Guest blog: Doug Marcello, trucking defense attorney, Marcello & Kivisto, LLC
The trucking industry needs towing companies. They respond to breakdowns and accidents to keep our industry rolling. They invest their money in the equipment needed to keep us on the road. They respond day and night, and in all weather. Therefore, they certainly earn fair payment for the services they provide.
However, there are times when you can be hit with larger than expected tow charges. A towing company can demand payment by holding your vehicle, including the load. They also apply techniques to maximize return of the recovery. These may include excessive dispatch, mark-ups on supplies, and use of related (and marked up) “subcontractors” or “suppliers.”
Due to these excessive charges by towing outfits, I have even had to challenge a carrier tow bill in a jury trial. While this is fortunately the exception, these bills can have a huge financial impact on motor carriers and your shippers. The keys to avoid these situations, like almost everything in our industry, are to prepare and act immediately when problems occur.
Pointers for prevention.
Build relationships. One of the most important steps you can take to prevent excessive tow charges is to develop a relationship with the towing company or companies within the footprint of your loads. You may not find tow partners to cover all the lanes in which you haul, but the more you can, the better the chance you can avoid the “nuclear tow bill.”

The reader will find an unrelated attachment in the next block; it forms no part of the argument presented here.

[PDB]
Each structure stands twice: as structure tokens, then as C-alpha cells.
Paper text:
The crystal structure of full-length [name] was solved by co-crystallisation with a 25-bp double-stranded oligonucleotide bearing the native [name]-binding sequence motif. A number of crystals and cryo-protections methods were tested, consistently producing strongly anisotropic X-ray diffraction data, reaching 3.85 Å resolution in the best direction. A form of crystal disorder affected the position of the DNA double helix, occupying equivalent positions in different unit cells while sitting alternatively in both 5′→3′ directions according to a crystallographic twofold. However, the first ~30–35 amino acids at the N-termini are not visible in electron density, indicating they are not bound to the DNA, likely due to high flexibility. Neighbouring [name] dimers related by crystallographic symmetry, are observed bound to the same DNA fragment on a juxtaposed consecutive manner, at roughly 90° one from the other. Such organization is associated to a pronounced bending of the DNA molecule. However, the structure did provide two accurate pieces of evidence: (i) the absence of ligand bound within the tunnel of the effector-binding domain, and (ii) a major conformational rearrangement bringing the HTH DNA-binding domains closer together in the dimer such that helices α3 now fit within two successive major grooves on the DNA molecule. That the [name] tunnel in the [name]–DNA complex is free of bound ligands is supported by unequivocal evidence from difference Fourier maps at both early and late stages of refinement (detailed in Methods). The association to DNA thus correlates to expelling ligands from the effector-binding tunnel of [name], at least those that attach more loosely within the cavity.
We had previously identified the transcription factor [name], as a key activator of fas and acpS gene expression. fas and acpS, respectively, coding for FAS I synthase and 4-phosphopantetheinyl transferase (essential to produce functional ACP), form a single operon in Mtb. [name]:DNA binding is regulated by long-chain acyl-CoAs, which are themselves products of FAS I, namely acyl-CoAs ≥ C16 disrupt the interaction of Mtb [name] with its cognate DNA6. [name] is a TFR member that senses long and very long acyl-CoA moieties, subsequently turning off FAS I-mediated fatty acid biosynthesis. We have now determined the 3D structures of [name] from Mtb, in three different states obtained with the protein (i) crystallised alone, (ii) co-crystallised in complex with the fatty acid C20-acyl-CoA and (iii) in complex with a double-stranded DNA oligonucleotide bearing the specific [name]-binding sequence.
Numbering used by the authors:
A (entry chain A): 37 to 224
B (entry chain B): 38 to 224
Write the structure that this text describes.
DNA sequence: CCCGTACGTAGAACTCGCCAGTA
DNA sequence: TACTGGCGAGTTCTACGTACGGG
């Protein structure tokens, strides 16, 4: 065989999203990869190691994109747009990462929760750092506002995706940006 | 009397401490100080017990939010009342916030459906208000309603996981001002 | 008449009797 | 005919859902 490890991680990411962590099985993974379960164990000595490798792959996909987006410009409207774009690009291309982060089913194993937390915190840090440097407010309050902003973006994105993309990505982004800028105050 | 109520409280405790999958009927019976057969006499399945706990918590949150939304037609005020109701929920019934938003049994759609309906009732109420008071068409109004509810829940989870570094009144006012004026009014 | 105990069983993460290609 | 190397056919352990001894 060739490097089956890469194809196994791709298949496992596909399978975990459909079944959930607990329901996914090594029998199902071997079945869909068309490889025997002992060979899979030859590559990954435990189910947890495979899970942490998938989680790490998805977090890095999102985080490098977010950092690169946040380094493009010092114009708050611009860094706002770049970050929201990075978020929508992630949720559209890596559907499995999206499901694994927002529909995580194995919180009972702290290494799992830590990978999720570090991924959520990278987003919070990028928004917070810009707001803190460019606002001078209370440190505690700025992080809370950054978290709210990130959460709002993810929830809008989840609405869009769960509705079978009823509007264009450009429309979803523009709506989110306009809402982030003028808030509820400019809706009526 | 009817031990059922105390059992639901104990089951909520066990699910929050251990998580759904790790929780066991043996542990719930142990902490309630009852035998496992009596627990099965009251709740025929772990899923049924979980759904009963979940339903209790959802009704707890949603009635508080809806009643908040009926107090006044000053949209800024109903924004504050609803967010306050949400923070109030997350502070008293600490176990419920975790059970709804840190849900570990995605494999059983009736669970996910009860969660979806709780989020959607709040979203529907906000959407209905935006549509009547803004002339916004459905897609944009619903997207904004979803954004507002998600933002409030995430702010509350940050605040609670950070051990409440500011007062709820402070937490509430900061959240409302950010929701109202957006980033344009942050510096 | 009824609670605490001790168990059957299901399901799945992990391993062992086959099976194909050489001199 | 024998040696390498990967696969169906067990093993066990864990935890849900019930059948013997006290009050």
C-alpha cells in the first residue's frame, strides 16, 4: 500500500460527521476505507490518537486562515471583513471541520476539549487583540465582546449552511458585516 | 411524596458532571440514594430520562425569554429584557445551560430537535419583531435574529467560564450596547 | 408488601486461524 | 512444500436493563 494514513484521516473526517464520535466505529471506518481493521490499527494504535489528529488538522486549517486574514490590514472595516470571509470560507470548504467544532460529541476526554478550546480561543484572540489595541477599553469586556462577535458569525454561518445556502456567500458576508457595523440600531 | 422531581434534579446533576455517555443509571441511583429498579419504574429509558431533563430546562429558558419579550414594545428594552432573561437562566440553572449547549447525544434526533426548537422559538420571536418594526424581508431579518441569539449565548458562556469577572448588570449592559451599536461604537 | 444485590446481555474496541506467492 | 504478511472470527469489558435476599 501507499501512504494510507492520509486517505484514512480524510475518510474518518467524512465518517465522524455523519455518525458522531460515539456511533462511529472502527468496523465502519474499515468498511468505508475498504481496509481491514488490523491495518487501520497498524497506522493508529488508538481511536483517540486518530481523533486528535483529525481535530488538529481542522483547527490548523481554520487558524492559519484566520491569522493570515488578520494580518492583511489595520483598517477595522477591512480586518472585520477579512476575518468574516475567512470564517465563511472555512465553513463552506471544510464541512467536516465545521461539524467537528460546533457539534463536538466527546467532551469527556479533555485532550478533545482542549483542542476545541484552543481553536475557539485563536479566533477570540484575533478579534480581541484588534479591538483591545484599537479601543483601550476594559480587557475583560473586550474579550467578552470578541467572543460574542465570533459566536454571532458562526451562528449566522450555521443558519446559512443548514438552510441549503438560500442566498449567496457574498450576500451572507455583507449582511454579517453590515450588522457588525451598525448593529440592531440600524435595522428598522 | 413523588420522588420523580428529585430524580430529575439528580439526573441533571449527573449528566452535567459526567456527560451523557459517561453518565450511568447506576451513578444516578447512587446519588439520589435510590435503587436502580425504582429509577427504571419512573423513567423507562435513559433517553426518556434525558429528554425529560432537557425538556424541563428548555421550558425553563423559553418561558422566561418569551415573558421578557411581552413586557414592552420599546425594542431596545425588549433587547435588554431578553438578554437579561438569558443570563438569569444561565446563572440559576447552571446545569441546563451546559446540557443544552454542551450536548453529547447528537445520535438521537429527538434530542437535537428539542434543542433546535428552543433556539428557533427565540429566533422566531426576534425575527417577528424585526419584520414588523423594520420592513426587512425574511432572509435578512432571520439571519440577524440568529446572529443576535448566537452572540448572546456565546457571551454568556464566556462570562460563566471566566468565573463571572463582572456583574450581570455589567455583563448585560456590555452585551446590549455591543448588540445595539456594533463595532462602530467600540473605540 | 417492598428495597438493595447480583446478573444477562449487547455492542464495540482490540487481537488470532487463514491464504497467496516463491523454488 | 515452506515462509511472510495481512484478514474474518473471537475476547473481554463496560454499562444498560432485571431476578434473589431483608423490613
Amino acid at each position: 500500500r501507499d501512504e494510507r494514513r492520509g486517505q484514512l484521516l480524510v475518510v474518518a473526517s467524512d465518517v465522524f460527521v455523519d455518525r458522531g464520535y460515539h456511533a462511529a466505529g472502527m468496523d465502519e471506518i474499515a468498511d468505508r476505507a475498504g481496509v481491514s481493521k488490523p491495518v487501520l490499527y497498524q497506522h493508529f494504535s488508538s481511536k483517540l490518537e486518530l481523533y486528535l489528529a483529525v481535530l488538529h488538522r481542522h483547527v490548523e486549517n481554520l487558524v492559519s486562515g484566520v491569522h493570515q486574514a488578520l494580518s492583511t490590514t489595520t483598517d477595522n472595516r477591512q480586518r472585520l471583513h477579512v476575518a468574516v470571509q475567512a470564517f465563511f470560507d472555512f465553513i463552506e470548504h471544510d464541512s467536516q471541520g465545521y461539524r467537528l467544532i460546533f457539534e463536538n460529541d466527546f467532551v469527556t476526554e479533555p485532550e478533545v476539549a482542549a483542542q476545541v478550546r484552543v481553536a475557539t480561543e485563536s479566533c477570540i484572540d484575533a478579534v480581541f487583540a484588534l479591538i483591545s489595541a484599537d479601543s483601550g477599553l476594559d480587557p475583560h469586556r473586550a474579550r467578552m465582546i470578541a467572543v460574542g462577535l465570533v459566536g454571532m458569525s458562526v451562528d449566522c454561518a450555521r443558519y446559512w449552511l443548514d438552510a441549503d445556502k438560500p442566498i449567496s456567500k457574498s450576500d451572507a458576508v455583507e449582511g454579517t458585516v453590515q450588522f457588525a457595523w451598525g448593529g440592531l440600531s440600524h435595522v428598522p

Know your rights. In some states, you have the right to choose the towing company prior to the tow. Make sure you know your rights in the states in which you haul.
Inform your drivers. Drivers should have a well-documented and easy to follow process in the event of a tow. If they have the authority to choose a towing company, make sure they have a cab-card with the name, phone number, and area for that tow company. While dispatch can provide the information, the urgency of law enforcement may require the drivers be prepared to provide the name of your preferred towing company immediately.
Know tow bill experts. Connect today with a qualified expert in towing procedures, requirements, and billing. Have them on the ready for whenever you get hit with an excessive bill. You should also have an attorney experienced in tow bills. Locate attorneys in the footprint of your loads who are ready to respond immediately to a hostage vehicle or load.
Check your insurance today. Verify how much coverage you have for a tow bill. Immediacy is crucial in these situations. You should confirm who to call and that they can respond immediately to an issue. And while you are talking to your insurance agent, broker, or insurer, ask them how you can get a bond on short notice.
Direct the driver. Your driver should contact the chosen towing company. Then, they should take photos of the truck, load, and the towing company equipment and what the tow company is doing.